as if they were born as sooty coal

covered with flesh.

Genetically messy, crude, loud.

Sports without a soul.

Since I was her only niece,

my aunt sought my ear.

I tolerated her out of pity.

I pictured her as a child

at the turn of the twentieth century.

paired with her umbrella,

two closed slender shapes

surrounded by bullies

who gave fuel to her opinions.

She learned bitterness somewhere,

wore it as a badge of a holy crusade.

 

In the fifties Grandma took in a boarder,

a quiet man who ate corn flakes

doused with warm water.

My aunt latched her door at night,

and moved a bookcase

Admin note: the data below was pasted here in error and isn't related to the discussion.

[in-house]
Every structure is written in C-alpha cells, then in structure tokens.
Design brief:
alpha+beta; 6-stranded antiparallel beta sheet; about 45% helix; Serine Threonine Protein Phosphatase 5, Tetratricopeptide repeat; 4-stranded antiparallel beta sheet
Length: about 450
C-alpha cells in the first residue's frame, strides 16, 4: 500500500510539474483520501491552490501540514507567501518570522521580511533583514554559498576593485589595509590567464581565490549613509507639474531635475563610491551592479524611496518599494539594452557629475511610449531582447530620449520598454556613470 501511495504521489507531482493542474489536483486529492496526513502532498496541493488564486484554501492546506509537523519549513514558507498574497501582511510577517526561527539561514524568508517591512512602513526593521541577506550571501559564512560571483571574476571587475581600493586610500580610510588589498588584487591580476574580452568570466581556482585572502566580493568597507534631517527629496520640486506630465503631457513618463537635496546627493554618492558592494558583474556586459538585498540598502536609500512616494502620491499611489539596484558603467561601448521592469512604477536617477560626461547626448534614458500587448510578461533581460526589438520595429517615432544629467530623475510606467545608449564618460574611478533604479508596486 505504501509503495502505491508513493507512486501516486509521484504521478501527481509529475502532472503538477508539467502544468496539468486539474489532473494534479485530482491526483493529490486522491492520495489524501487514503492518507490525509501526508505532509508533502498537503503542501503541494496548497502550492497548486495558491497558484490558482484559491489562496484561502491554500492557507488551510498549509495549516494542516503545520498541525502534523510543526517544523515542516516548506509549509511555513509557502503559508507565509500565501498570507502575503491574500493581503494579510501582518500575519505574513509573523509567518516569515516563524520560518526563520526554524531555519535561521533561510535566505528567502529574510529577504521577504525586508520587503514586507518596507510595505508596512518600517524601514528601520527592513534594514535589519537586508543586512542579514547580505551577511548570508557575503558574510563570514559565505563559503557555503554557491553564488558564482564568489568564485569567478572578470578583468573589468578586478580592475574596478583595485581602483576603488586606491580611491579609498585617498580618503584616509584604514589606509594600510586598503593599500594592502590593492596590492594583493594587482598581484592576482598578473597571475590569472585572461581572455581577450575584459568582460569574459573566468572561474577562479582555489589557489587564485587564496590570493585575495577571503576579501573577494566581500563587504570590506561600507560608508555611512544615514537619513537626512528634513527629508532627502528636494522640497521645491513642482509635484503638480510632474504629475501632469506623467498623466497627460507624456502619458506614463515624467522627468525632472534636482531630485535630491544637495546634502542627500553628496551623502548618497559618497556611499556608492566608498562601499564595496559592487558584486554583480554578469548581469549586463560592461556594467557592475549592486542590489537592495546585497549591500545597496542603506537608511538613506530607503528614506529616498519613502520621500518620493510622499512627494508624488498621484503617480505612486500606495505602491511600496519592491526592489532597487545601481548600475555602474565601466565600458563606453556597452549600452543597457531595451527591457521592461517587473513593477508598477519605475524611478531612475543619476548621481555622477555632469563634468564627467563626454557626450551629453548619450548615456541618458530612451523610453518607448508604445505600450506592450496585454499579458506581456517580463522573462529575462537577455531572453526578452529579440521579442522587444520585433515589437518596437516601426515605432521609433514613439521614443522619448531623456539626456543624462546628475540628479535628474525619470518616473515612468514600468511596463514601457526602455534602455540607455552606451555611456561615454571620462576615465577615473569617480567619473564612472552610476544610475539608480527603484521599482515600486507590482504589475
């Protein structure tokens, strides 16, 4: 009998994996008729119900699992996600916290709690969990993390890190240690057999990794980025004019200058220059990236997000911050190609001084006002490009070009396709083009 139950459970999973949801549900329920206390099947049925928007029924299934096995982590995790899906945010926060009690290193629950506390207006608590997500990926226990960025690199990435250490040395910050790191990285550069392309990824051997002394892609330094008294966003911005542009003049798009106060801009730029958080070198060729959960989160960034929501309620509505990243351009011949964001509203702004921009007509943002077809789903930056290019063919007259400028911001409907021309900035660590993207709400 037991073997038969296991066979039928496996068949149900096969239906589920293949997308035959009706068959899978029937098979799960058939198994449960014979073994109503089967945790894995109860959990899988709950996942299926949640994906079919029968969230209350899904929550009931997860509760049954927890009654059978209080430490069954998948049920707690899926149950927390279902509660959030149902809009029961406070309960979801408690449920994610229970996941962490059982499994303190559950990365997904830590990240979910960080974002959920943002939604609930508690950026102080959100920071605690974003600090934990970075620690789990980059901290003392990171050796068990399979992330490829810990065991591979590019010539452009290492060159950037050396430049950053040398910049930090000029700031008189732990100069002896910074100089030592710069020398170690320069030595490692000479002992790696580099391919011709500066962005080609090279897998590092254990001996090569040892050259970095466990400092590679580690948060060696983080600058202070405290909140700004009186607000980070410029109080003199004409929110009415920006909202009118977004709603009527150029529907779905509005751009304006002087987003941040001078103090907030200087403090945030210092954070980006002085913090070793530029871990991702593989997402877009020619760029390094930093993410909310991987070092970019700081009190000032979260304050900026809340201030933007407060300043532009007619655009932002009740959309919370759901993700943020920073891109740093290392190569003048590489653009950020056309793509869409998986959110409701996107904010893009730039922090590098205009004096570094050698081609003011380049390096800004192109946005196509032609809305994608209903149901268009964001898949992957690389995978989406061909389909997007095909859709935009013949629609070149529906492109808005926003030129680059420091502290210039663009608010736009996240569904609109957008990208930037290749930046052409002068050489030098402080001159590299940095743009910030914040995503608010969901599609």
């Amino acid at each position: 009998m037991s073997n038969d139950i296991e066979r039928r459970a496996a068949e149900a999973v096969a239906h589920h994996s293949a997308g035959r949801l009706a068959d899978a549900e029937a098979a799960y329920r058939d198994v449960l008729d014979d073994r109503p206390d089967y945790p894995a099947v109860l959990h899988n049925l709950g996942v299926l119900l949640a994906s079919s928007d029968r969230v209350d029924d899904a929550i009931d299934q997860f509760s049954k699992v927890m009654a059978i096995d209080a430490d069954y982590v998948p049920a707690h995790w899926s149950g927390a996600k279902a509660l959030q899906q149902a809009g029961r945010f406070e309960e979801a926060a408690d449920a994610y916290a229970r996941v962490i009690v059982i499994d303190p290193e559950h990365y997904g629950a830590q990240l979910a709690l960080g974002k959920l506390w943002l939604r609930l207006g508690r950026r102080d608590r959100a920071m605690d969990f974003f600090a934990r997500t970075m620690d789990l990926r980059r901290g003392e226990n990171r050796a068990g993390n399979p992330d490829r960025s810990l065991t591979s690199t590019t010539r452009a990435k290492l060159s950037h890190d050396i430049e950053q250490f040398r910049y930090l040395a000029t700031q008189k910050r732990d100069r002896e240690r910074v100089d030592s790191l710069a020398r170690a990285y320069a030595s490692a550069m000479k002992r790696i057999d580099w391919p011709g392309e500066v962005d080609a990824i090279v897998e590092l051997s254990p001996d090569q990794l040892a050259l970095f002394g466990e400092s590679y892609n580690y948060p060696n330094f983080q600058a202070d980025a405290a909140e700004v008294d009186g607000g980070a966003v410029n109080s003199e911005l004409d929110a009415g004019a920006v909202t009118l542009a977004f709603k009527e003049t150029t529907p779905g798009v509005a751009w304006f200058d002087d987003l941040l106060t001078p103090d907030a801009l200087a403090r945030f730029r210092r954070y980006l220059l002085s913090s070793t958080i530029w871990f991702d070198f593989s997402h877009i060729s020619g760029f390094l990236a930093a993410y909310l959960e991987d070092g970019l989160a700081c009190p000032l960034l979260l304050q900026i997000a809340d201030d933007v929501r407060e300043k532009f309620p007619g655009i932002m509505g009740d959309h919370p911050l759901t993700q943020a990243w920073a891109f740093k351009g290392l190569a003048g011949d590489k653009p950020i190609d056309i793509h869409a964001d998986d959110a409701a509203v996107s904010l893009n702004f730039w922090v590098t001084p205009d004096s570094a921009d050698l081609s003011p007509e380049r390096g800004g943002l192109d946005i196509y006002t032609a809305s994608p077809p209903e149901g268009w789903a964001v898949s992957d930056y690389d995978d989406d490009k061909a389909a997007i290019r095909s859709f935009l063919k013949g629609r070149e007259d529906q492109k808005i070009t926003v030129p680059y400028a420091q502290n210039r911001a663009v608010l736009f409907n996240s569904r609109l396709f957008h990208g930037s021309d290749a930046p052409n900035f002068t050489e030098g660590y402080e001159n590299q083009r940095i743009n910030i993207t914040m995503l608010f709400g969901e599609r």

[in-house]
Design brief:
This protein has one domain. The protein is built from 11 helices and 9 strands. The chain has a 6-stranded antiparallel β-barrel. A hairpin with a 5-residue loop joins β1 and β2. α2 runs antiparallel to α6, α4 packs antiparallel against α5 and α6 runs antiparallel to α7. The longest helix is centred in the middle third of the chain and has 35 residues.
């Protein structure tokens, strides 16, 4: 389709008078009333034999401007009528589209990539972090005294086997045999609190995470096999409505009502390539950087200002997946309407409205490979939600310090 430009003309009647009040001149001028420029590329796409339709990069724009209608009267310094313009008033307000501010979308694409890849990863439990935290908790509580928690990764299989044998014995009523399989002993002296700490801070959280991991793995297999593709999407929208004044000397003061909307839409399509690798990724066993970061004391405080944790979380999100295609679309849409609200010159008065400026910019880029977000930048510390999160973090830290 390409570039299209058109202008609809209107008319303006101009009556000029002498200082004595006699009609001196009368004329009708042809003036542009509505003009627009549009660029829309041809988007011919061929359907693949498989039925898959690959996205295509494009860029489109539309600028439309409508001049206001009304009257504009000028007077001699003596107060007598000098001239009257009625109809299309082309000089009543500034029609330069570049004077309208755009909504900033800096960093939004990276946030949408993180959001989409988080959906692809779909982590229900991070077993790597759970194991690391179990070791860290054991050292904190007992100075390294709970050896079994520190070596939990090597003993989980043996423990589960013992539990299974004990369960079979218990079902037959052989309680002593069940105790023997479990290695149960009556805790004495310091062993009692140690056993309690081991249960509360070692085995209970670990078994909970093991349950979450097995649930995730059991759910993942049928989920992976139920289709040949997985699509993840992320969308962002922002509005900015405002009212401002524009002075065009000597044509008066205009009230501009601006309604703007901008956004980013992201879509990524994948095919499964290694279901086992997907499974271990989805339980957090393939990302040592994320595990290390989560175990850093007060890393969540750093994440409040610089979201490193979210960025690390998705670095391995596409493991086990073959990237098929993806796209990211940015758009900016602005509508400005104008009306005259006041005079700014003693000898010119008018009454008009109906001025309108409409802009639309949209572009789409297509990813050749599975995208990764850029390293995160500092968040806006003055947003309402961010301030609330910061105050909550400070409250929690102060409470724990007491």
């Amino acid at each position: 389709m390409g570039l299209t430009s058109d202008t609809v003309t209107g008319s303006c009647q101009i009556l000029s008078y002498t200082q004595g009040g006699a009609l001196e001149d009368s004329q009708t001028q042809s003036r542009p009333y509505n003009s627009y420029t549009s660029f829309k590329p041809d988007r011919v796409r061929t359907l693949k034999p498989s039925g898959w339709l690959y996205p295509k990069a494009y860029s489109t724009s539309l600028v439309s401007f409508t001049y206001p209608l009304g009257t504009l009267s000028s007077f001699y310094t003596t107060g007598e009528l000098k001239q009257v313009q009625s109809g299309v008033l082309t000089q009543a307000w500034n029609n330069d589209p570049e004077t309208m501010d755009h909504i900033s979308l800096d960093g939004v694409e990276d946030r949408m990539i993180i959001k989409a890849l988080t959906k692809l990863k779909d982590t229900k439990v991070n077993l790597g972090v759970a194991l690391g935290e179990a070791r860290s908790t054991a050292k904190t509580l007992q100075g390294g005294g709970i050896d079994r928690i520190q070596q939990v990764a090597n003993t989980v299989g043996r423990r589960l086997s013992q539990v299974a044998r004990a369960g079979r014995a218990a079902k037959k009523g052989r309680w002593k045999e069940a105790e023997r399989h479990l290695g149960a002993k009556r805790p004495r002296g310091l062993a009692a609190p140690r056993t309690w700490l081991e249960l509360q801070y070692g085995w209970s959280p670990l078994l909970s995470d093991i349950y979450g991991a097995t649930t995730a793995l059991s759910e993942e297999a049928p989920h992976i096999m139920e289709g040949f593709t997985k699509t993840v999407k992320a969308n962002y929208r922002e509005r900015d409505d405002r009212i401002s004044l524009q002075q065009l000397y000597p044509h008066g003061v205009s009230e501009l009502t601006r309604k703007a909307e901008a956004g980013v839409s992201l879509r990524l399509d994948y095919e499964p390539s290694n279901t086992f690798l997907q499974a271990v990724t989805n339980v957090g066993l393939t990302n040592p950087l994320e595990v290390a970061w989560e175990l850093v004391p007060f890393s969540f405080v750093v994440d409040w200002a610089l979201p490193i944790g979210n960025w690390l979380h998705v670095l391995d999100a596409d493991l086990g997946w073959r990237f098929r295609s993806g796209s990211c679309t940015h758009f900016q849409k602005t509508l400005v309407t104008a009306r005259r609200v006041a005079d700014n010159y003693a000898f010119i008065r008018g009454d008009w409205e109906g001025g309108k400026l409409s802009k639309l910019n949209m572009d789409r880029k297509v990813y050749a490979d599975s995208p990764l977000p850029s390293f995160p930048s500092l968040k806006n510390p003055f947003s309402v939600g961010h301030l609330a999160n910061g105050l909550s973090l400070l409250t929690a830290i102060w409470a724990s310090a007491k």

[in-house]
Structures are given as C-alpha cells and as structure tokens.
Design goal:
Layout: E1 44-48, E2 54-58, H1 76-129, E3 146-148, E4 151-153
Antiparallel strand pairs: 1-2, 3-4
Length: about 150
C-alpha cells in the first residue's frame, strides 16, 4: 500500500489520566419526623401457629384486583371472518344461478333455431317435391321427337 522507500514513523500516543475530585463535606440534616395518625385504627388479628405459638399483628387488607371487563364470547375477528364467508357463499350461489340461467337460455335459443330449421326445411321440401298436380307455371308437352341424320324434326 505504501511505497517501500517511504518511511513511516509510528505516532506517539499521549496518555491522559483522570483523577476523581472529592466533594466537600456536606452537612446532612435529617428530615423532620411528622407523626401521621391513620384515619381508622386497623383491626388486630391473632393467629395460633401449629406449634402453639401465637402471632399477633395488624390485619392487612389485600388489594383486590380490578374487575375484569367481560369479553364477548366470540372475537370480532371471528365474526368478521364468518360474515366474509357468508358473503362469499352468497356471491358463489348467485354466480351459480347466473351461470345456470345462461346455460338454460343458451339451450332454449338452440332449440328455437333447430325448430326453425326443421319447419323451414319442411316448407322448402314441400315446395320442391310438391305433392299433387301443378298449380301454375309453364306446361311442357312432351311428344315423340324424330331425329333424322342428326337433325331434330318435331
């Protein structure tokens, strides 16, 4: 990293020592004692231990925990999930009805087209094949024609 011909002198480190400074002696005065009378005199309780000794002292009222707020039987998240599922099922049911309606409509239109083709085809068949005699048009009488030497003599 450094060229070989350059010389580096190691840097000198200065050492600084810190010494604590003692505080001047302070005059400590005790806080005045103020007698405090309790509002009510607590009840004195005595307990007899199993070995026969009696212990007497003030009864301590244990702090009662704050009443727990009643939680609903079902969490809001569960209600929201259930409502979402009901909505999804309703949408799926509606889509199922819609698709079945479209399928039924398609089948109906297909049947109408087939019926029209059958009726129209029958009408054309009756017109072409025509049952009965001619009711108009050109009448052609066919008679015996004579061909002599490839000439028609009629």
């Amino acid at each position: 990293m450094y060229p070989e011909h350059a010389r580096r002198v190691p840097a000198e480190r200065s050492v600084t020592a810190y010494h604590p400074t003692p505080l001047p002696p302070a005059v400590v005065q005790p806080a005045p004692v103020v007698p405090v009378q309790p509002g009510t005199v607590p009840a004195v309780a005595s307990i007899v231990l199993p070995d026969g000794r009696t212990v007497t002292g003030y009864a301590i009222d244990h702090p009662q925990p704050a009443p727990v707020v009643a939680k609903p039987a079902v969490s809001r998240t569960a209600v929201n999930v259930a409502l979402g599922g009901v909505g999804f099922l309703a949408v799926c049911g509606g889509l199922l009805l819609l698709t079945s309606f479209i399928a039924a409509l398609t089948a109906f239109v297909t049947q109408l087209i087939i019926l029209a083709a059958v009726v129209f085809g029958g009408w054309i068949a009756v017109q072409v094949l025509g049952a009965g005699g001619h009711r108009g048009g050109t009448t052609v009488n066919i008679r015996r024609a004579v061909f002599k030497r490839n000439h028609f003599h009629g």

in front of it.

 

Then one night after Grandma died

I stayed overnight with my aunt,

gave her some company.

I recall her bony frame in dull, plain pajamas,

all femininity pressed out,

as she told me about an uncle,

or was it a cousin?

You won’t believe what he did to me?

By then I was old enough to guess.

But, not old enough to know

the burden of that knowledge wasn’t mine.

I remained silent.

Her secret stayed bound

within flannel and hate.

She died in a nursing home.

Alone.

 

I imagine a new scene as I discard

the useless umbrella from my closet.

What would have happened if

I could have borrowed a few years

of experience from my future,

risked touching the pain in her eyes,

and asked, what happened?

 

My old umbrella’s hollow spiked bones stick out

through torn, split fabric.

I can’t fix it. Yet, strange,

I feel an odd sadness for all things

that no longer have a chance to recover.

Happiness often sneaks in through a door you didn’t know you left open. (John Barrymore)